Practitioner Stance: Therapeutic Relationship
This approach does not give primacy to professional expertise, but maintains that each person intrinsically holds the keys to their pathway to health. The professional in the field may serve as an ally who respects the uniqueness of each person and is willing to enter into a collaborative venture in finding a viable way of facing moment by moment experience as it arises. Much of the theory mentioned above may well be part of the practicing TRP Therapists' map in their engagement with others. It may not need to be explicated within the therapy itself, but can be very useful to the therapist in attempting to make sense of what is happening in this joint venture.
Tara Rokpa Psychotherapy incorporates the fundamental view held by both Constructivists and Buddhist thinkers that ultimately the individual is responsible for the reality which they bring forth, in living. However, it is important to look at what we mean by responsible. Over and over again we see that when one makes a sincere attempt to understand another, from the point of view of their personal, social and political context, we can see that the way that person construes their world does make sense. It becomes important then to provide a conversational space for individuals to understand more fully how they bring forth the realities which they inhabit. The emphasis in these traditions is on the attempt of the person to a take a position of observer to their own construct system whereby it becomes possible for them to begin to question /become aware of their anticipations even as they arise. One wakes up to the recognition that each moment gives birth to new possibilities and that life is indeed a moment to moment affair.
In this model of psychotherapy, not doing can be more important than doing. The essence of the work is about simply holding the space as openly as possible - with honesty which is not without kindness and with an open compassion which holds no particular expectation of what is supposed to happen. This approach can be used with individuals, couples, families, groups or organisations/social networks.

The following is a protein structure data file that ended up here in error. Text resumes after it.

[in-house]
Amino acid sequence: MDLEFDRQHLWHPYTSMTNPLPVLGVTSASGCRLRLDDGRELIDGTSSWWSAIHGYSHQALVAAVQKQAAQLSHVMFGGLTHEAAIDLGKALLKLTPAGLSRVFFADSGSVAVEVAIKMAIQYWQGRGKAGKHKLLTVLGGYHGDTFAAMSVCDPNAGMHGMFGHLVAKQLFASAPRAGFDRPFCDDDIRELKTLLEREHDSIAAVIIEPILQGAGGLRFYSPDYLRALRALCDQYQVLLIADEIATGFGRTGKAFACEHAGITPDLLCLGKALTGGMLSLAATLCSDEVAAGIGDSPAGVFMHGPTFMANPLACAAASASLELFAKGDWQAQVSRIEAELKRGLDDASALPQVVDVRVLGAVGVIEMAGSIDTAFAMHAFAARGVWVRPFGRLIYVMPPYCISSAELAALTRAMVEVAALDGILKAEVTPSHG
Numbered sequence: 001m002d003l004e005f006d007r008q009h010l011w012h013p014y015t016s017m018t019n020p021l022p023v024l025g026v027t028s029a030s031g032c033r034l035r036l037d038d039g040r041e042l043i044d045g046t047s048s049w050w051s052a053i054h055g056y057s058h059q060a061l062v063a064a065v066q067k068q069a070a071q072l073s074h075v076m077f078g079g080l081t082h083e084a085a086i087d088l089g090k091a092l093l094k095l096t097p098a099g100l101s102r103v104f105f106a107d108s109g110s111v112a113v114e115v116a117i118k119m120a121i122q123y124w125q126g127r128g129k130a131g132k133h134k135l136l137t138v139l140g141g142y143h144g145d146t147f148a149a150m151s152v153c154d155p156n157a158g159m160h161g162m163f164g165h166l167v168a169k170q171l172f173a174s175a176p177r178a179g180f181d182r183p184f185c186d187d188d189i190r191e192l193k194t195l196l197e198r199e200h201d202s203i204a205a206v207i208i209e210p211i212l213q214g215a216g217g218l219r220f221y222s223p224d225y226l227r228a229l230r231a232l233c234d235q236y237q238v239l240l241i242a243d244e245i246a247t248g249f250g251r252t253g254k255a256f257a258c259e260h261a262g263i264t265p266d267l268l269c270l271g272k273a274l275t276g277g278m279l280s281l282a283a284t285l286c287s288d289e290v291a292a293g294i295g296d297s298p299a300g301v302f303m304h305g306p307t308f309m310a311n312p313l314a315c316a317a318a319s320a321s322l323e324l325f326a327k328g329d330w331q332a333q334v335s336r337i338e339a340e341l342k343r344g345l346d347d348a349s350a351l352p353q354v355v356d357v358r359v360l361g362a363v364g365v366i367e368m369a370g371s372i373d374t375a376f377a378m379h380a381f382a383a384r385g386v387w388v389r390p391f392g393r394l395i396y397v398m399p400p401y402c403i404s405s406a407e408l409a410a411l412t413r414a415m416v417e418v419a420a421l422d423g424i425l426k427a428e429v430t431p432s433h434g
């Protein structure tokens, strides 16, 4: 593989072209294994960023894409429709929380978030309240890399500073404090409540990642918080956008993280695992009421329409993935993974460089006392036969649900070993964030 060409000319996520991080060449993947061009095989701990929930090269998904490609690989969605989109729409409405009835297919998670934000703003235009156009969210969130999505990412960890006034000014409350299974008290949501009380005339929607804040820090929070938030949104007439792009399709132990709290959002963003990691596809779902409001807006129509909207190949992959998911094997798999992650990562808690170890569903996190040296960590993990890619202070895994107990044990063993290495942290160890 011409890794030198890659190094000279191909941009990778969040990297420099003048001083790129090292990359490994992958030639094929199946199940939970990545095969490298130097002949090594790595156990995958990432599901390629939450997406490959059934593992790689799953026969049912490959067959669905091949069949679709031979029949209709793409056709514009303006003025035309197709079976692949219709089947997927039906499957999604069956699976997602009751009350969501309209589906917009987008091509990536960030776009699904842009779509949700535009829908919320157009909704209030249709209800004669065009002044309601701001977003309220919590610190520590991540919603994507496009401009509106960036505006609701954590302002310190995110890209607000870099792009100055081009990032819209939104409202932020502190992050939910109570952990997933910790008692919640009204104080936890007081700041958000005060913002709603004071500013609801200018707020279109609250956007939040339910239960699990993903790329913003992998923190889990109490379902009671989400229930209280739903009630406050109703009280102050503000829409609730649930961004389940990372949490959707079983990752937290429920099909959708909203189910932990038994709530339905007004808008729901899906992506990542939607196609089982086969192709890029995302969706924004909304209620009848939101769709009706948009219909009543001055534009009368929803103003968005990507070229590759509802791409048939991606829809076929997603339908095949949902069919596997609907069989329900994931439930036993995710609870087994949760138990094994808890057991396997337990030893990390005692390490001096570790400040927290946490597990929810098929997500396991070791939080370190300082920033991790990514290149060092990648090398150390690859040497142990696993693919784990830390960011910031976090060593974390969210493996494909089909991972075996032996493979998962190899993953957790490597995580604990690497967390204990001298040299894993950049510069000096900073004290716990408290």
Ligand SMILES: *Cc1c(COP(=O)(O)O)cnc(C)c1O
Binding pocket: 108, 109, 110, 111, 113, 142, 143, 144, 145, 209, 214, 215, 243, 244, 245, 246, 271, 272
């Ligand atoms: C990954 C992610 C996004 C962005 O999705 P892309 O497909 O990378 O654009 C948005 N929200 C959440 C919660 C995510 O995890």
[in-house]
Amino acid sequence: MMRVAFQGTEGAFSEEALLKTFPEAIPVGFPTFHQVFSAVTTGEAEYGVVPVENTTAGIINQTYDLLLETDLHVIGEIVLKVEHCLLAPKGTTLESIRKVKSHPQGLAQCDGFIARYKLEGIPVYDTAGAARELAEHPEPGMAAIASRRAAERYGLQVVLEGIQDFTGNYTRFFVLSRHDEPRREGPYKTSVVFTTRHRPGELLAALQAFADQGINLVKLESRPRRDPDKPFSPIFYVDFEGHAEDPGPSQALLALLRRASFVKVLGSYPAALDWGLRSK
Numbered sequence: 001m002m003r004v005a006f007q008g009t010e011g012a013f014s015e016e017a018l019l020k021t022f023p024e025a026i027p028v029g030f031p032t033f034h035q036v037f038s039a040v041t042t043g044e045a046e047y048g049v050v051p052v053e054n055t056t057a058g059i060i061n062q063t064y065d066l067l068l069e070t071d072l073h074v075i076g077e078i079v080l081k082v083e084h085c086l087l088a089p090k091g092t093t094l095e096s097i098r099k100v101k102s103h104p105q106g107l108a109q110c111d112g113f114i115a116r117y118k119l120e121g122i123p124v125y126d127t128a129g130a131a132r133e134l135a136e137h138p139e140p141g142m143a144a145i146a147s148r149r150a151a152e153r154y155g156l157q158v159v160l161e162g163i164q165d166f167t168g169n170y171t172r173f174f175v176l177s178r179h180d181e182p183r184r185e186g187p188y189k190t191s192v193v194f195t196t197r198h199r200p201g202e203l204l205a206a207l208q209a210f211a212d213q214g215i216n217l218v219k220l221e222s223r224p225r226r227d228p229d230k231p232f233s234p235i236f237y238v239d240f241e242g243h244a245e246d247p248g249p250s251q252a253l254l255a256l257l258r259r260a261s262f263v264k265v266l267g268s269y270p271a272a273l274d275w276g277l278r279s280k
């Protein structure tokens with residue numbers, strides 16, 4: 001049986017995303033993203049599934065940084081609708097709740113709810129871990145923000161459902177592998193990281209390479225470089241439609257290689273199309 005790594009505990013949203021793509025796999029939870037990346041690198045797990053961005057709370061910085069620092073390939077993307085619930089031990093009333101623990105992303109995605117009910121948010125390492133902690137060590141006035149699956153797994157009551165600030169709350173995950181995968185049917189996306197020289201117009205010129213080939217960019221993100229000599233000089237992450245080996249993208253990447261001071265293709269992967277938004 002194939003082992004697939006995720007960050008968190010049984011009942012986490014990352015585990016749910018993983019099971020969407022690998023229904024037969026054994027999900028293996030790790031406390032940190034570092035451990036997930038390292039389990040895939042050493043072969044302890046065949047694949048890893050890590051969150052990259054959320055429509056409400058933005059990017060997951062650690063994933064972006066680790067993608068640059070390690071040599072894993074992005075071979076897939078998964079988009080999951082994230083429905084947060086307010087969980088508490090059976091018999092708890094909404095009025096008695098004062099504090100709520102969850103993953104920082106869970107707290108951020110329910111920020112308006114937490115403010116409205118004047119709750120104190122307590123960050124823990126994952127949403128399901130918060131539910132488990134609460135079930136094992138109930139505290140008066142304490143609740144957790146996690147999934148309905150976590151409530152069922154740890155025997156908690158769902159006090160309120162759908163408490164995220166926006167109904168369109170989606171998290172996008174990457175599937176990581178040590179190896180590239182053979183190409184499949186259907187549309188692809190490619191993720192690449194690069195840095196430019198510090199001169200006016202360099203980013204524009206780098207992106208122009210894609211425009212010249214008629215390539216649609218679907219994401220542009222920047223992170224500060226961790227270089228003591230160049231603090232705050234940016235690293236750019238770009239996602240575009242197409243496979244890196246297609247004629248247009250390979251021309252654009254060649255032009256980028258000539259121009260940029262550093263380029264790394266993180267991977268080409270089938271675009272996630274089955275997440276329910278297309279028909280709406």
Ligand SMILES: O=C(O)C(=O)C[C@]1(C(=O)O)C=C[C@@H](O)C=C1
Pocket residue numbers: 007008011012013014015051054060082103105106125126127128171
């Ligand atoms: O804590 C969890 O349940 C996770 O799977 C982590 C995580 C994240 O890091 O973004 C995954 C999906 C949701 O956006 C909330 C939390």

A particular aspect of TRP group work is called Back to Beginnings. The emphasis here is on self-organised and largely self-supporting groups. Participants are invited to engage with various activities such as relaxation and visualisation, exchange of simple massage and other co-ordination exercises, working with art materials and writing. There is time for participants to socialise in the gaps between group work and this also plays a part. Therapists propose ways that members of the group may continue on their own both individually and as a group, yet recognise that some individuals may require therapists' help on a one-to-one basis in their self-defined endeavours.
In Back to Beginnings, participants are encouraged and supported to accomplish a very thorough review of their lives to date in two modes. First, in the highly subjective mode 'what do I remember from that time of my life?' This review goes through the life backwards, forwards and backwards again chronologically three times and thus also involves a self-defined exploration of memory.The second is the well-considered objective mode. The objectivity which participants are invited to engage with involves an ongoing re-examination of one's own value system, looking at whether ideas of good and bad, right and wrong etc. are deeply held or if they are held over from the past coming from the past and expressing the values of others which may no longer have much personal validity. Such inquiry includes assessing the personal validity of such evaluations. This structured task of construal/ reconstrual allows space for the examination of how we create a sense of our identity.1
The method attempts to foster a particular relationship with clients which puts an emphasis on intrinsic equality and naturalness within the therapeutic relationship. While certain views are held about what might be helpful to the client, therapists are trained to keep an open mind and especially value the perspective and circumstances of the client at any particular time. Boundaries are named and held, but as far as possible in a way which arises from innate respect for self and other and awareness of power differentials intrinsic to the context of psychotherapy.
Thus psychotherapist and client share the joint venture of trying to maintain a freedom from cycles of experience that are unsatisfactory or unfulfilling. There is a commonality of concern which transcends therapist/client. With the researcher as client, the therapist as research supervisor invites the client to enquire more deeply into how s/he construes the world. The whole approach fosters ways of freeing up the mind which is at the root of all of our experience.